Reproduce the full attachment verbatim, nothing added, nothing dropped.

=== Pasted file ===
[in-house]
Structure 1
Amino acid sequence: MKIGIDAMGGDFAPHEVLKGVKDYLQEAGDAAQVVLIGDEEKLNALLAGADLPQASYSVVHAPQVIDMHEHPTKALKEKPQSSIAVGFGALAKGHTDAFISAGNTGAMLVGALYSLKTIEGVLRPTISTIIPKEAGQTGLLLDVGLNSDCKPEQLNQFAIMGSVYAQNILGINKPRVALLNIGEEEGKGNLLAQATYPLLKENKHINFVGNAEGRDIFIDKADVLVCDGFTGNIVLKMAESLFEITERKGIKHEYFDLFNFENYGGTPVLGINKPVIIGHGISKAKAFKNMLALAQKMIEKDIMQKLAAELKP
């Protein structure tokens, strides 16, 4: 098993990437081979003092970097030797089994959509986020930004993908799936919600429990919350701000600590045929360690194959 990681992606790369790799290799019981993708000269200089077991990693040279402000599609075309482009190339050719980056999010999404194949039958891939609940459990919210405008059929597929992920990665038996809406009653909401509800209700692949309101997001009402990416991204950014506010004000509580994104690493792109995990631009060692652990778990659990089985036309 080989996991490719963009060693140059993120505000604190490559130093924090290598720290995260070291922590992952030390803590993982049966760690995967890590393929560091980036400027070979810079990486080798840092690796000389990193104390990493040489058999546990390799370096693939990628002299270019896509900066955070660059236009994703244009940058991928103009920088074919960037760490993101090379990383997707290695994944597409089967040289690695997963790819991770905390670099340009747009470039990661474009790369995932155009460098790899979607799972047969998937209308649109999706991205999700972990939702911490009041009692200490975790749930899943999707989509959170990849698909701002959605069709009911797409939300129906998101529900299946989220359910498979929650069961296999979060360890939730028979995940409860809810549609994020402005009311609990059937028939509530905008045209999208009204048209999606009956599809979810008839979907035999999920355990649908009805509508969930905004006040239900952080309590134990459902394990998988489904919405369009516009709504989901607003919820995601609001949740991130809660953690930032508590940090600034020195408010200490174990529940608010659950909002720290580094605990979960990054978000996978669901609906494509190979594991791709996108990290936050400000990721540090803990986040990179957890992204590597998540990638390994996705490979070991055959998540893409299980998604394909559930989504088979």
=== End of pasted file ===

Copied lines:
[in-house]
Structure 1
Amino acid sequence: MKIGIDAMGGDFAPHEVLKGVKDYLQEAGDAAQVVLIGDEEKLNALLAGADLPQASYSVVHAPQVIDMHEHPTKALKEKPQSSIAVGFGALAKGHTDAFISAGNTGAMLVGALYSLKTIEGVLRPTISTIIPKEAGQTGLLLDVGLNSDCKPEQLNQFAIMGSVYAQNILGINKPRVALLNIGEEEGKGNLLAQATYPLLKENKHINFVGNAEGRDIFIDKADVLVCDGFTGNIVLKMAESLFEITERKGIKHEYFDLFNFENYGGTPVLGINKPVIIGHGISKAKAFKNMLALAQKMIEKDIMQKLAAELKP
């Protein structure tokens, strides 16, 4: 098993990437081979003092970097030797089994959509986020930004993908799936919600429990919350701000600590045929360690194959 990681992606790369790799290799019981993708000269200089077991990693040279402000599609075309482009190339050719980056999010999404194949039958891939609940459990919210405008059929597929992920990665038996809406009653909401509800209700692949309101997001009402990416991204950014506010004000509580994104690493792109995990631009060692652990778990659990089985036309 080989996991490719963009060693140059993120505000604190490559130093924090290598720290995260070291922590992952030390803590993982049966760690995967890590393929560091980036400027070979810079990486080798840092690796000389990193104390990493040489058999546990390799370096693939990628002299270019896509900066955070660059236009994703244009940058991928103009920088074919960037760490993101090379990383997707290695994944597409089967040289690695997963790819991770905390670099340009747009470039990661474009790369995932155009460098790899979607799972047969998937209308649109999706991205999700972990939702911490009041009692200490975790749930899943999707989509959170990849698909701002959605069709009911797409939300129906998101529900299946989220359910498979929650069961296999979060360890939730028979995940409860809810549609994020402005009311609990059937028939509530905008045209999208009204048209999606009956599809979810008839979907035999999920355990649908009805509508969930905004006040239900952080309590134990459902394990998988489904919405369009516009709504989901607003919820995601609001949740991130809660953690930032508590940090600034020195408010200490174990529940608010659950909002720290580094605990979960990054978000996978669901609906494509190979594991791709996108990290936050400000990721540090803990986040990179957890992204590597998540990638390994996705490979070991055959998540893409299980998604394909559930989504088979």